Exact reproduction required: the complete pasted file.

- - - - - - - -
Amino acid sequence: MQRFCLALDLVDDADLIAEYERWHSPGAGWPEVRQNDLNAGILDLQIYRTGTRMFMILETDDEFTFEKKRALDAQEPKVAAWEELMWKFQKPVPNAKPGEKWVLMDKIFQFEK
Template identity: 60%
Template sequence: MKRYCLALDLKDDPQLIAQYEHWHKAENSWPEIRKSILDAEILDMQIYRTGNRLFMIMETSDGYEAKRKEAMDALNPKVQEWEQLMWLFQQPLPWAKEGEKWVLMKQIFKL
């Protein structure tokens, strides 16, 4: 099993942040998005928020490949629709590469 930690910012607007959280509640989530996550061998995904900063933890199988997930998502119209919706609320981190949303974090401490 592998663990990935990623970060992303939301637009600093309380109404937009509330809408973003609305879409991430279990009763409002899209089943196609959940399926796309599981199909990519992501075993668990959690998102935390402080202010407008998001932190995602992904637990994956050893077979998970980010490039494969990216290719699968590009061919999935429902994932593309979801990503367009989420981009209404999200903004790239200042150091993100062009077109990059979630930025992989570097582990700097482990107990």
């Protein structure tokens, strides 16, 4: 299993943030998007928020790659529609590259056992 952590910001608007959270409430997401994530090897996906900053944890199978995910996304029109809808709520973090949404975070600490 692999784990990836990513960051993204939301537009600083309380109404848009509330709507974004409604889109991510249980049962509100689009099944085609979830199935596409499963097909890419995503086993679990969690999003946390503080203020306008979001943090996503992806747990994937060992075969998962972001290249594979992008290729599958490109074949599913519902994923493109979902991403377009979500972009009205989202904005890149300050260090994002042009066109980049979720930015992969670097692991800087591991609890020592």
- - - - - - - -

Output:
Amino acid sequence: MQRFCLALDLVDDADLIAEYERWHSPGAGWPEVRQNDLNAGILDLQIYRTGTRMFMILETDDEFTFEKKRALDAQEPKVAAWEELMWKFQKPVPNAKPGEKWVLMDKIFQFEK
Template identity: 60%
Template sequence: MKRYCLALDLKDDPQLIAQYEHWHKAENSWPEIRKSILDAEILDMQIYRTGNRLFMIMETSDGYEAKRKEAMDALNPKVQEWEQLMWLFQQPLPWAKEGEKWVLMKQIFKL
């Protein structure tokens, strides 16, 4: 099993942040998005928020490949629709590469 930690910012607007959280509640989530996550061998995904900063933890199988997930998502119209919706609320981190949303974090401490 592998663990990935990623970060992303939301637009600093309380109404937009509330809408973003609305879409991430279990009763409002899209089943196609959940399926796309599981199909990519992501075993668990959690998102935390402080202010407008998001932190995602992904637990994956050893077979998970980010490039494969990216290719699968590009061919999935429902994932593309979801990503367009989420981009209404999200903004790239200042150091993100062009077109990059979630930025992989570097582990700097482990107990």
């Protein structure tokens, strides 16, 4: 299993943030998007928020790659529609590259056992 952590910001608007959270409430997401994530090897996906900053944890199978995910996304029109809808709520973090949404975070600490 692999784990990836990513960051993204939301537009600083309380109404848009509330709507974004409604889109991510249980049962509100689009099944085609979830199935596409499963097909890419995503086993679990969690999003946390503080203020306008979001943090996503992806747990994937060992075969998962972001290249594979992008290729599958490109074949599913519902994923493109979902991403377009979500972009009205989202904005890149300050260090994002042009066109980049979720930015992969670097692991800087591991609890020592």